CLEVELAND, OH (WOIO) - Dozens of Indians fans showed up to the Progressive Field box office in the wee hours of Thursday morning to buy tickets to Cleveland's first World Series in 19 years, only to be told they were only being sold online.
"I got here at a quarter after two," said one man, who was already behind about six other people in line at that time. The man said that he and the other guests had to wait in the rain until 7 a.m., when they were finally allowed on the premises. Security guards brought them garbage bags to stay dry.
Some of the guests who waited for hours in the cold were eventually able to get tickets. Although the team told everyone in line around 9 a.m. that they would not be able to get tickets in person, the box office opened at 10, selling tickets to a few people before turning the rest of the line away after announcing a sell out around 10:30.
Guests had showed up early believing they would be allowed to buy tickets when the box office opened at 9 a.m.—a misunderstanding coming from the Indians website, which said that tickets for games could be purchased at the box office during regular hours. Fans who don't have credit cards showed up in person because it was their only option.
Some people said they went to the box office in person on Wednesday and were told they could buy in person Thursday morning; others said they called the box office yesterday and were told that, if they showed up at 10 a.m., they would be able to buy tickets in person.
"When we called yesterday, myself and another lady, and then the people [in line] down there, they told us that the window would be open at 10, that we could come down and there would be tickets available for us to buy," said Diane Duryea, who, like most people, stayed in line even after she was told she wouldn't be able to buy tickets in hope that the box office would eventually open.
"I can't imagine that they would go against their word," said Duryea. "It wasn't just me that was told that. It was other people, and it's on their website that postseason tickets are available online and at the box office. I take their word for it. I can't imagine the Indians are liars, that they wouldn't sell us tickets."
While Duryea waited on line, she and many others also tried to get tickets online on their phones or laptops. However, most were unsuccessful; online tickets sold out in just 12 minutes.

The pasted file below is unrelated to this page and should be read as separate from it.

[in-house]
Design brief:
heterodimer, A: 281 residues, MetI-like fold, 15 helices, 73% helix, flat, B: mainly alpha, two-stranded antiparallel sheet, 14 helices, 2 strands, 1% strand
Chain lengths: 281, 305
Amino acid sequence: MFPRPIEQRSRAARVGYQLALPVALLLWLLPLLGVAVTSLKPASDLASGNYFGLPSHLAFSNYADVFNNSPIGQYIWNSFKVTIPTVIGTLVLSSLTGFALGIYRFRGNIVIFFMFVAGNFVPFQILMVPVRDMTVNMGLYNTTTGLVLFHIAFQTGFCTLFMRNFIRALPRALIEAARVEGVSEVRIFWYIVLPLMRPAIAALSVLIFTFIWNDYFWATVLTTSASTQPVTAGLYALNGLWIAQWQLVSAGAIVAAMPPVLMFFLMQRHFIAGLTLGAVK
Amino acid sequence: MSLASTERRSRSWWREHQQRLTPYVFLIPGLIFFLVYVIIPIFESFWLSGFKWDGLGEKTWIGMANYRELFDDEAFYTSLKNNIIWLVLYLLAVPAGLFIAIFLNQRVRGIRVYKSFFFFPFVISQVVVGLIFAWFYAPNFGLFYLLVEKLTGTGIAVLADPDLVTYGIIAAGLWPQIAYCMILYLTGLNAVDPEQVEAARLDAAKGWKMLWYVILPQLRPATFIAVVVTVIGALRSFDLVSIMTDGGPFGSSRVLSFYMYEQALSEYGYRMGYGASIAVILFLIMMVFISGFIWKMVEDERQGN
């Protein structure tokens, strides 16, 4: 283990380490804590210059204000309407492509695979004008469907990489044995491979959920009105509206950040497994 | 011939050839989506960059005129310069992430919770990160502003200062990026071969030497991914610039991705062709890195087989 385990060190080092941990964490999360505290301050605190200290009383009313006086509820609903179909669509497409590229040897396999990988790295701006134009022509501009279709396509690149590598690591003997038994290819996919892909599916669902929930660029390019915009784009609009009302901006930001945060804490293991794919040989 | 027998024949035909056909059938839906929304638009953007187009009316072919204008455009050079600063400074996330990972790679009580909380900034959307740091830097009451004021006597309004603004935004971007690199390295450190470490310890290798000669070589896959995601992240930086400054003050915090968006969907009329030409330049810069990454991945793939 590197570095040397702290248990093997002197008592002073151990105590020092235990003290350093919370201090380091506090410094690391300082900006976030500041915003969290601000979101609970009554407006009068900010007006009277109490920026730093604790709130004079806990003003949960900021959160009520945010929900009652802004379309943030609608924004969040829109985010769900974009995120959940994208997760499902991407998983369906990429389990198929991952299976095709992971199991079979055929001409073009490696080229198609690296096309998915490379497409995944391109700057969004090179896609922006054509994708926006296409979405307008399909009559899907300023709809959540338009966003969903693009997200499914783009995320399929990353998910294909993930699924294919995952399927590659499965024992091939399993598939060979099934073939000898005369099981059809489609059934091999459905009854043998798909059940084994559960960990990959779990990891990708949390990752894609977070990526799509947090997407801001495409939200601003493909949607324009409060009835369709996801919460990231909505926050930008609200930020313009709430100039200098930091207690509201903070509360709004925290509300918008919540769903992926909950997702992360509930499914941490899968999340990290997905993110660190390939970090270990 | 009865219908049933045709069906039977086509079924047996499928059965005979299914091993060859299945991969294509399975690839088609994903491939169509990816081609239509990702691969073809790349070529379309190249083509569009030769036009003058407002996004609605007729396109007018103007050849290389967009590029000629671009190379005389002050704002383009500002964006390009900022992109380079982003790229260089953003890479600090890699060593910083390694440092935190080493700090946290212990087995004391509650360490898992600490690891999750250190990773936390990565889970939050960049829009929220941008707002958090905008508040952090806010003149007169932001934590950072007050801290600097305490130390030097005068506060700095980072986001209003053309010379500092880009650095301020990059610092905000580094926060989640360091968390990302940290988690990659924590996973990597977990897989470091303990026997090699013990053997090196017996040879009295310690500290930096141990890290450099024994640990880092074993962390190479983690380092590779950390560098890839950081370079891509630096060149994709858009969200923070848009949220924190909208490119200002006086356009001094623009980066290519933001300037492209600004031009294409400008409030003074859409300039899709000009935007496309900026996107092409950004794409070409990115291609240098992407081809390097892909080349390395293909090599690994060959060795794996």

"I think online is bad because we'll be crowded with Cubs fans if they win the game," said Duryea, who believes that many of the online tickets are bought by bots who just resell them on websites like StubHub. "I have bought a lot of tickets through the years. I feel like they should have given some way to people who have been loyal fans to buy tickets."
The team did have a program where Indians Insiders and season ticket holders got a special code to try to get tickets a day ahead of the public. Many of the people in line, including Duryea, were Insiders who had tried to get them early, but were blocked out of the online system.
"I'm gonna sit here and cry if I can't get tickets," said Duryea. "I have traveled all over the country to watch baseball this year. I saw them in Texas. I traveled 3,500 miles to watch baseball this summer. I really love baseball, and I really want to see the Indians win the World Series."
Duryea was one of the lucky few who was able to get tickets. Others got there too late and missed out. Even more unlucky people had waited for hours, but got pushed to the back of the line in the shuffling and disorganization.
"We deserve tickets for waiting in line," said one woman.
Numerous verbal fights broke out, with a few guests being taken kicked out by police after people said they were cutting in line.
"This is the Dolans taking advantage of fans," said one guest.
"Are you going to sell the seats on StubHub?" screamed another.
Another man punched someone else waiting in line in the face after a fight about tickets before being taken away by police.
Indians personnel made it clear to fans that, from here on in, it is online only ticket sales for the World Series.
Cleveland celebrates first World Series berth since '97
AL champion Cleveland Indians arrive home
VIDEO: Cavs cheer from Ohio City restaurant as Indians become AL champions
DICK'S offers extended hours to sell AL championship gear
Andrew Miller's Moment: Cleveland reliever chosen MVP of ALCS
Lindor predicted Indians World Series trip two years ago
Here are a bunch of GIFs of the Indians celebrating their AL championship win
Ryan Merritt played Clash of Clans before starting Game 5
Download the Cleveland 19 News app.